Solar Power in the Spotlight
The government should invest more in sustainable energy, with a focus on solar power, experts told a conference on energy security yesterday, adding that this could reduce Cambodia’s dependence on large-scale hydropower projects and coal-fired plants.
John McGinley, managing director of the Mekong Strategic Partners, told the conference at the Himawari that although solar power would not entirely replace existing energy sources, greater use of solar energy would reduce emissions of carbon dioxide. Mr. McGinley added that the installation cost of solar power is affordable compared to large hydropower and coal-fired generators.
Cambodia’s electricity is mainly derived from hydropower, coal plants, and imported energy from Thailand and Vietnam. According to the Ministry of Mines and Energy, the country’s six hydropower dams generate about 60 percent of total electricity.
According to a report by the National Council for Sustainable Development, the Ministry of Mines and Energy’s Power Development Plan will see domestic generation rise by about 7,600 gigawatts per hour by 2020 to meet the goal of providing electricity for all villages in the country.
Installation costs of wind and solar energy have fallen by 28 percent from 2011 to 2014, and are expected to fall further, according to the report. “In Cambodia, solar installation above 1 megawatt [industrial facility scale] represents the most competitively priced alternative renewable energy technology as they can provide electricity profitably for as low as 12 cents per kWh,” the report says, while hydro and coal-fired plants power cost between eight and 11 cents per kWh.
Speakers at yesterday’s forum said Cambodia should begin preparing for solar energy to be the main source of power.
Khieu Moth, secretary of state at the Environment Ministry, said that the falling cost of solar panels and related technology will allow Cambodia to an increasing number of solar panels in the country. Rising installation of solar panels will reduce the need for hydropower projects and coal-fired plants, both of which had onerous environmental impacts, Mr. Moth added. A recent report from the Asia Development Bank noted that Cambodia is well positioned to take advantage of solar energy and could be an ASEAN leader in tapping this source of sustainable energy.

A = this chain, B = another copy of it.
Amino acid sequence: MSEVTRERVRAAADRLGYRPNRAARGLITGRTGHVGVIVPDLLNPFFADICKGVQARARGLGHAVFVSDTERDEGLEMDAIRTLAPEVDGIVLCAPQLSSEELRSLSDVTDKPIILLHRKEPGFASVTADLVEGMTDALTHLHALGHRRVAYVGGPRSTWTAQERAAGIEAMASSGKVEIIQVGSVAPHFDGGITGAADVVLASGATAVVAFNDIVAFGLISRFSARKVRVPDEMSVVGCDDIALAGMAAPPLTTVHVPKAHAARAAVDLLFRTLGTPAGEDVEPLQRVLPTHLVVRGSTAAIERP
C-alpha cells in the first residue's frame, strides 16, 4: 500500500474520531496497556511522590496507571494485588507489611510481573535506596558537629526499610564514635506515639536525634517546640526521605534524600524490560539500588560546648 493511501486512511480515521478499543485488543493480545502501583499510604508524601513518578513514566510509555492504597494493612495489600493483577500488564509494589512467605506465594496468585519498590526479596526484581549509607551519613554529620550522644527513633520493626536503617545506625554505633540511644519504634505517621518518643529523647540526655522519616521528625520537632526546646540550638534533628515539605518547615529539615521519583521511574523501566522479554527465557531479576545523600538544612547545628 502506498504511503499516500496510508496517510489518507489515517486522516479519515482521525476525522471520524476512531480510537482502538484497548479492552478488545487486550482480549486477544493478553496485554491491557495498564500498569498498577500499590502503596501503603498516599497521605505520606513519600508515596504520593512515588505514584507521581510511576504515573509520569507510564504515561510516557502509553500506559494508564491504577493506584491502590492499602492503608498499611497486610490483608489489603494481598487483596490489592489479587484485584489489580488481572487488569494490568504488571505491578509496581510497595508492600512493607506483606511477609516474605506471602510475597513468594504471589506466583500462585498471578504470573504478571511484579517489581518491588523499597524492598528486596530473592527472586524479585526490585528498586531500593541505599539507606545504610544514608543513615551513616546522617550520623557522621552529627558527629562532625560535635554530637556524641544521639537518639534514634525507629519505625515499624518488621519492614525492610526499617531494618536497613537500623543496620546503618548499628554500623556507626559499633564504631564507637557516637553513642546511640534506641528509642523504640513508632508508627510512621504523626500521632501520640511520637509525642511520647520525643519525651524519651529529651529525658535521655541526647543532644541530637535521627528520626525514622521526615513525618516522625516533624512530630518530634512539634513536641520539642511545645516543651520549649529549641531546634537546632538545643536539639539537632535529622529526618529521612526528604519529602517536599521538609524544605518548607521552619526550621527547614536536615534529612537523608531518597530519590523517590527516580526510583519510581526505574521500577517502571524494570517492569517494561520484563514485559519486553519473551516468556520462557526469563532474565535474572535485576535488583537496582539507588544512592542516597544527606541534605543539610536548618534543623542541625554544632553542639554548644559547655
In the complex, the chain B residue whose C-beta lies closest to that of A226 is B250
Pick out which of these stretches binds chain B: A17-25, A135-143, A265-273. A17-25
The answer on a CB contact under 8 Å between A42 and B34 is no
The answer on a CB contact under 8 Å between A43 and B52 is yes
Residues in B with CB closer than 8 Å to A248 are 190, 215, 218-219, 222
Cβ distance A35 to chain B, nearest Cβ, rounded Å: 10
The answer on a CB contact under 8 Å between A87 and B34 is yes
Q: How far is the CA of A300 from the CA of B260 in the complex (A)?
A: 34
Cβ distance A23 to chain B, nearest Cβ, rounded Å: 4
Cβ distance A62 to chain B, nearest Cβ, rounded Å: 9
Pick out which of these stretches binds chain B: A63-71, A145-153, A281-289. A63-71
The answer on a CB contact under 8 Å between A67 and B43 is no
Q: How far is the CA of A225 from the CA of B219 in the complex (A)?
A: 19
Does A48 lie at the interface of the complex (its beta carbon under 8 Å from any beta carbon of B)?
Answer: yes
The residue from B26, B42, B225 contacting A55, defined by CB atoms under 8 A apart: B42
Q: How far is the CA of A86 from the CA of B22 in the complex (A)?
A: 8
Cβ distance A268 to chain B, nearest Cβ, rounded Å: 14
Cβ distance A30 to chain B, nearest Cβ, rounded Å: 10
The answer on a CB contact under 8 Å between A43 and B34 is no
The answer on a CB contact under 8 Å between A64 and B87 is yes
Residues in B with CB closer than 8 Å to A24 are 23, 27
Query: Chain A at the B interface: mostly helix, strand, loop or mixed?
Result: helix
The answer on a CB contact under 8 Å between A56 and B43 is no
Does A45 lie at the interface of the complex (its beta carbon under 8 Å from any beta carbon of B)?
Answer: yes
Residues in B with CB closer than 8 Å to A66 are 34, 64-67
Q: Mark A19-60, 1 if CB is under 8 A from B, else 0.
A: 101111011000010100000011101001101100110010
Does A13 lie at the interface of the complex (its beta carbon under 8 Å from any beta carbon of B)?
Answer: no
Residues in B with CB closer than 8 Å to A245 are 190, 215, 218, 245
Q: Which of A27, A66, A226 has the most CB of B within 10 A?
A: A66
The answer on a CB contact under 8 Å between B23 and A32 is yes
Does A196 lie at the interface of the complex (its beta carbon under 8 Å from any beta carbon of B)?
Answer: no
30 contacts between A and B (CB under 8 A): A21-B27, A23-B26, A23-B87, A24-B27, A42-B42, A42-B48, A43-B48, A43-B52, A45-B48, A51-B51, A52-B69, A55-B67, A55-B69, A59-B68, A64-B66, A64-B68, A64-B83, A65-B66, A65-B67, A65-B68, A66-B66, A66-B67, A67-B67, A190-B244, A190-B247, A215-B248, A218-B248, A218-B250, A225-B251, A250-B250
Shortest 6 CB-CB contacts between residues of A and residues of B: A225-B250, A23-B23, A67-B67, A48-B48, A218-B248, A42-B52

However, transforming power into solar sources will not be easy, as the Cambodian government has yet to invest in solar energy systems, officials said. Tin Ponlok, secretary general of the National Council for Sustainable Development, said the introduction of solar power in Cambodia was in its initial stage. “We need times to assess deeply on impact on society, the economy, and the environment before giving recommendations [to the government],” Mr. Ponlok said.
He said Cambodia had great potential in the region for renewable energy sources, including wind, solar and biomass. The greatest potential for wind turbines is along the coast, but solar energy can be generated in every province, Mr. Ponlok said.
Kong Pharith, general director of IMB Cambodia, a Phnom Penh-based company that installs home solar panels, said the government needs to take the lead in investing in solar energy. Mr. Pharith said foreign investors were closely watching for the government to move towards more investment in solar energy.
“The government can buy power from renewable solar energy sources at the same price in does from Chinese-owned dams,” he said. “No need to clear forests for reservoirs, no need to solve environmental impacts, and zero-emission pollution. Solar power is the sustainable power source of the future,” Mr. Pharith said.
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